"Food allergies and sensitivities in children are on the rise, but the good news is there is plenty you can do to help prevent and manage them", says pediatric nutritionist Mandy Sacher.
Recent studies show that food allergies and sensitivities occur in around 1 in 20 children, with hospital admissions for severe allergic reactions (anaphylaxis) doubling over the last decade in Australia, the USA and UK. While many food allergies in children are not severe, and may be outgrown with time, some are less likely to be outgrown and may end up being lifelong allergies, such as peanut, tree nut, seed and seafood allergies.
Why Do Allergies Occur?
Allergies occur when the body overreacts to an allergen or ‘trigger’ that is typically harmless to most people. Around one person in four is allergic to something and around half of all allergy sufferers are children. The symptoms of an allergy range from mild to severe. The most severe type of allergic reaction is anaphylaxis, which can be fatal if prompt medical attention is not sought. However, in most cases, effective treatments are available to manage or treat allergy symptoms.
What Are The Symptoms?
Common signs that your child may have an allergy include sneezing; a runny nose; red, watery, itchy eyes; wheezing, coughing and problems breathing; headaches; skin rashes; and tummy pains, vomiting and diarrhea. Food allergies, in particular, are often associated with hives or a swelling around the mouth, which usually happens within 30 minutes of ingesting a food the child is allergic to. If you are concerned that your child may have an allergy, see your local GP or healthcare provider such as a dietitian. Common testing for food allergies include skin prick allergy tests using food extracts or blood tests. Certain foods may also be eliminated from the diet to confirm an allergy.
Why Are Allergies On The Rise?
There are a few different reasons why allergies are on the increase; the ‘hygiene hypothesis’ which suggests that less exposure to infections is linked to an increased risk of allergy; delayed introduction of allergenic foods; and some methods of food processing.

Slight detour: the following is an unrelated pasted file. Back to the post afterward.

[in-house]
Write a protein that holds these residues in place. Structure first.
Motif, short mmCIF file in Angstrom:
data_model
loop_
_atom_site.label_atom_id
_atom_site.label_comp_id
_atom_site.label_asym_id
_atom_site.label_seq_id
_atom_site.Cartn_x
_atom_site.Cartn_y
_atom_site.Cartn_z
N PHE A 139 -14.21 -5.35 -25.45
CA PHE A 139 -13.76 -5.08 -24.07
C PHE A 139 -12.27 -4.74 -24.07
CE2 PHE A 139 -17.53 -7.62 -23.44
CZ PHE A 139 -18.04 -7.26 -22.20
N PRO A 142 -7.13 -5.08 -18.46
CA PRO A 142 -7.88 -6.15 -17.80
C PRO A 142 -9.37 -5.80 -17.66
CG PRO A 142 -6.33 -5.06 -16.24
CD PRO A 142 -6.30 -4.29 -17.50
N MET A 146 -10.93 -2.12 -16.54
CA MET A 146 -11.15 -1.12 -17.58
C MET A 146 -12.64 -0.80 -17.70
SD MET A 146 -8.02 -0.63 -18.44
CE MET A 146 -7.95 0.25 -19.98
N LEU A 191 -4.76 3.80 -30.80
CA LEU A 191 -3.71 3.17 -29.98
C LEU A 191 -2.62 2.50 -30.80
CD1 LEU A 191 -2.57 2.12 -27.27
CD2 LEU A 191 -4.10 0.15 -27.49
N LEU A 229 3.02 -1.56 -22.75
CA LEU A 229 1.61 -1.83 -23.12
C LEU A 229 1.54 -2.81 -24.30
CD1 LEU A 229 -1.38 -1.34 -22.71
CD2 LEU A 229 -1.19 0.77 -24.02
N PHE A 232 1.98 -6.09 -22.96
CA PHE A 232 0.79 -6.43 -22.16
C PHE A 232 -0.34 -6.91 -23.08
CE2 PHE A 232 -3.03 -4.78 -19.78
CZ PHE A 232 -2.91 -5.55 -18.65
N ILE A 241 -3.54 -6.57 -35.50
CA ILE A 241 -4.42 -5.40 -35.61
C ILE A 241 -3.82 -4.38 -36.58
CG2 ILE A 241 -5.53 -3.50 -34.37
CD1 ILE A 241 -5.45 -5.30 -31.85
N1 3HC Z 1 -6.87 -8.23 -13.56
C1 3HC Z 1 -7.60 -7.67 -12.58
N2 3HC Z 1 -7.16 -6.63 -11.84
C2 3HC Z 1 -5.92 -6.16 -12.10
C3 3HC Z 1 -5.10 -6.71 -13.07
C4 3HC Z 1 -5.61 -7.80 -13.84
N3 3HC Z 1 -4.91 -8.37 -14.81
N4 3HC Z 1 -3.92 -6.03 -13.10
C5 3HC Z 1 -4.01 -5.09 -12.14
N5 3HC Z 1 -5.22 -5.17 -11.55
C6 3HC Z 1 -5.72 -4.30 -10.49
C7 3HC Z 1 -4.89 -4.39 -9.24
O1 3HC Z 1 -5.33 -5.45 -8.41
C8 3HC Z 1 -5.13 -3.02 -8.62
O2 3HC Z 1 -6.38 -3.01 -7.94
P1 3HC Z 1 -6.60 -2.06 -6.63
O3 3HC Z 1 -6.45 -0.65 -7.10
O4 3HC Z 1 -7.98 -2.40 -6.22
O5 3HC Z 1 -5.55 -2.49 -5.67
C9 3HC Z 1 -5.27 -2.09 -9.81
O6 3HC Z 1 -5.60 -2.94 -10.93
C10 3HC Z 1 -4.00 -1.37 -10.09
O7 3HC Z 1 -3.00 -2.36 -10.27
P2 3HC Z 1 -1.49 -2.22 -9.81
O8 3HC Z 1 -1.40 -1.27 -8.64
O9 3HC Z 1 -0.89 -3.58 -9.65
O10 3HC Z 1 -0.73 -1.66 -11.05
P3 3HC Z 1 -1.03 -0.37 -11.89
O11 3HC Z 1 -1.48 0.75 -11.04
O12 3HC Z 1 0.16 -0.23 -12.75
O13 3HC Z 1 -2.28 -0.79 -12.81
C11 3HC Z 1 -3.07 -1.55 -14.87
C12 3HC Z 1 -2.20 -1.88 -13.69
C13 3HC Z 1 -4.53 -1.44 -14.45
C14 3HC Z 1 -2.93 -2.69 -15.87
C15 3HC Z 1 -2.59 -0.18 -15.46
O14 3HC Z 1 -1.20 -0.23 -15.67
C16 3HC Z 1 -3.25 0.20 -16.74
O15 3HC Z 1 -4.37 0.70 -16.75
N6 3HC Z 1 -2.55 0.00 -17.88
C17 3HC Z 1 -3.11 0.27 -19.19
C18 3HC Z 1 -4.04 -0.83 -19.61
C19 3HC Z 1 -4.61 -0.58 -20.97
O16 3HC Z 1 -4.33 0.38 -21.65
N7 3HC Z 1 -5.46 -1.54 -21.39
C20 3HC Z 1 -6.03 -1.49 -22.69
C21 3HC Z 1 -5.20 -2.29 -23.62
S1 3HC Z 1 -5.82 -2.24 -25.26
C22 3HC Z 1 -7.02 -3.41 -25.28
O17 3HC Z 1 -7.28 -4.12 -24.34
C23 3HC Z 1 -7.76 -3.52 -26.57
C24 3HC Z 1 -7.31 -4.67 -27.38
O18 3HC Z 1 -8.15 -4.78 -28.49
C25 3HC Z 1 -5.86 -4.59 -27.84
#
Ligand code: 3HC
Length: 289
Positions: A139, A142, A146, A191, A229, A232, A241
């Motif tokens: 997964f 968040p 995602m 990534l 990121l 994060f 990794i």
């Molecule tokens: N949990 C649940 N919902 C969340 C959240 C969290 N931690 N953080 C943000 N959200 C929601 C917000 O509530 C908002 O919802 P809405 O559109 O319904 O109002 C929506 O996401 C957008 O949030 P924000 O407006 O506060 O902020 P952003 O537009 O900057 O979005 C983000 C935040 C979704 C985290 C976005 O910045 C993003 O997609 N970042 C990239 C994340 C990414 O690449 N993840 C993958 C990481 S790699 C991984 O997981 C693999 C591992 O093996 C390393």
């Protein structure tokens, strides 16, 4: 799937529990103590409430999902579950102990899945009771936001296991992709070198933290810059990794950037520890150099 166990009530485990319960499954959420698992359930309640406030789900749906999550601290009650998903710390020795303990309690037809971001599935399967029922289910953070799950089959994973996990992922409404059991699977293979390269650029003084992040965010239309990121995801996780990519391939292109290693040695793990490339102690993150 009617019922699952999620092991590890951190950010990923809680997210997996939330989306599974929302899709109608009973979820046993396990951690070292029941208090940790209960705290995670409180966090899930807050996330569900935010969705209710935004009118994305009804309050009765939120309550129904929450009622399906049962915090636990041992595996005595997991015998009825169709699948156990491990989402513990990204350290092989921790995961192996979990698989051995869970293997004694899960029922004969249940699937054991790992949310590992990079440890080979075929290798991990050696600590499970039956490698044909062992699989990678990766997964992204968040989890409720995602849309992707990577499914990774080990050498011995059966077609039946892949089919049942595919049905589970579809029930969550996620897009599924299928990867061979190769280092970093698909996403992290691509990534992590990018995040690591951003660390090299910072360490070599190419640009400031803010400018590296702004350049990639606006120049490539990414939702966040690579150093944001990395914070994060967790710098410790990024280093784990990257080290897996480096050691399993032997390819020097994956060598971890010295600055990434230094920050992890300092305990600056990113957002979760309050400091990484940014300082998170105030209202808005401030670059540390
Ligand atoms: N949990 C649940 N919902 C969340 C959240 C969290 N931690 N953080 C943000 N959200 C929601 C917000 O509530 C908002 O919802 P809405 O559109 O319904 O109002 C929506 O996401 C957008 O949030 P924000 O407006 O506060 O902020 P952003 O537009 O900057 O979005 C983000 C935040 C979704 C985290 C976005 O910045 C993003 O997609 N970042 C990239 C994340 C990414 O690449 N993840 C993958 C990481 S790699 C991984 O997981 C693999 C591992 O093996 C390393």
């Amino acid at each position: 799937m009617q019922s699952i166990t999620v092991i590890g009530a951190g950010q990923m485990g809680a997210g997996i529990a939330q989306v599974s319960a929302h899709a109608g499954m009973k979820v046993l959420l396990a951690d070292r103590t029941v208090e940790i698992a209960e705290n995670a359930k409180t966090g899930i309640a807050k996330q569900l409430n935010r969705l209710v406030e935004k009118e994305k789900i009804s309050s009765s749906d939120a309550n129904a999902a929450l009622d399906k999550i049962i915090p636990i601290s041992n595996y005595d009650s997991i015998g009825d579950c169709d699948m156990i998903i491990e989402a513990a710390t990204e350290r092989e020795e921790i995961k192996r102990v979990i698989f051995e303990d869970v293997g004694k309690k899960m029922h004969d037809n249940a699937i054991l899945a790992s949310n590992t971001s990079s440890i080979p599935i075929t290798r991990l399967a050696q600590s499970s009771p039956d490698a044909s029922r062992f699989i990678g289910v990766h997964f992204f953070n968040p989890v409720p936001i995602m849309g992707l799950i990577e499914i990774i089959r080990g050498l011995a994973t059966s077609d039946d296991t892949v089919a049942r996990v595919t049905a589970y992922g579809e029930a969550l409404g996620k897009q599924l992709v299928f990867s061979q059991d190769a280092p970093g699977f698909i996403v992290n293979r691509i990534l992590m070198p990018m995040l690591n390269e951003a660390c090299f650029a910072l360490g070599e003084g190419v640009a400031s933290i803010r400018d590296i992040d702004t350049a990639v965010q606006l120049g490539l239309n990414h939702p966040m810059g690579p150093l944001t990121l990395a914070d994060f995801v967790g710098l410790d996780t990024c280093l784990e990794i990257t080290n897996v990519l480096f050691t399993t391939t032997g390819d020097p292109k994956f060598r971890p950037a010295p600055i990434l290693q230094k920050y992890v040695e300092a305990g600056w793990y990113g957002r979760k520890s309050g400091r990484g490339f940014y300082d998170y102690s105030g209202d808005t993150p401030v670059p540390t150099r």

How Can We Avoid Or Manage Allergies?
- Take probiotics regularly – From pregnancy onwards if possible. Kefir, yogurt, and kombucha are good sources of probiotics, or you can also use supplements.
- Ensure you meet your RDI of Omega-3s and vitamin D - Omega-3s are found in oily fish such as wild salmon, sardines and mackerel, as well as grass fed beef, flaxseeds and walnuts. Oily fish, cod liver oil and eggs are all good sources of vitamin D – not to mention a little sunshine!
- Avoid processed and sugary foods - This is especially important, as is avoiding foods containing preservatives 280-282 and sulphites, which can also give rise to and exacerbate allergies. Try to avoid packaged foods and aim to follow a whole food diet as much as possible.
- Eat a wide range of foods - Introducing variety into your diet is good for everyone in the family and keeps things interesting! And if at first you don’t succeed, try and try again. It can take up to 16 times for a child to “like” or accept a new taste, so stay positive, stay calm and keep offering new foods.
My Child Is Allergic To Dairy. How Can I Ensure They Get Enough Calcium?
If your child has a dairy allergy, your main concern is ensuring that they meet their calcium needs. Good non-dairy sources of calcium include fortified organic and unsweetened soy, rice or almond milk; oily fish such as sardines and salmon (canned, with bones); and dark green, leafy vegetables such as bok choy. Speak with your GP, pediatric dietitian or healthcare provider to discuss your child’s needs and make a plan.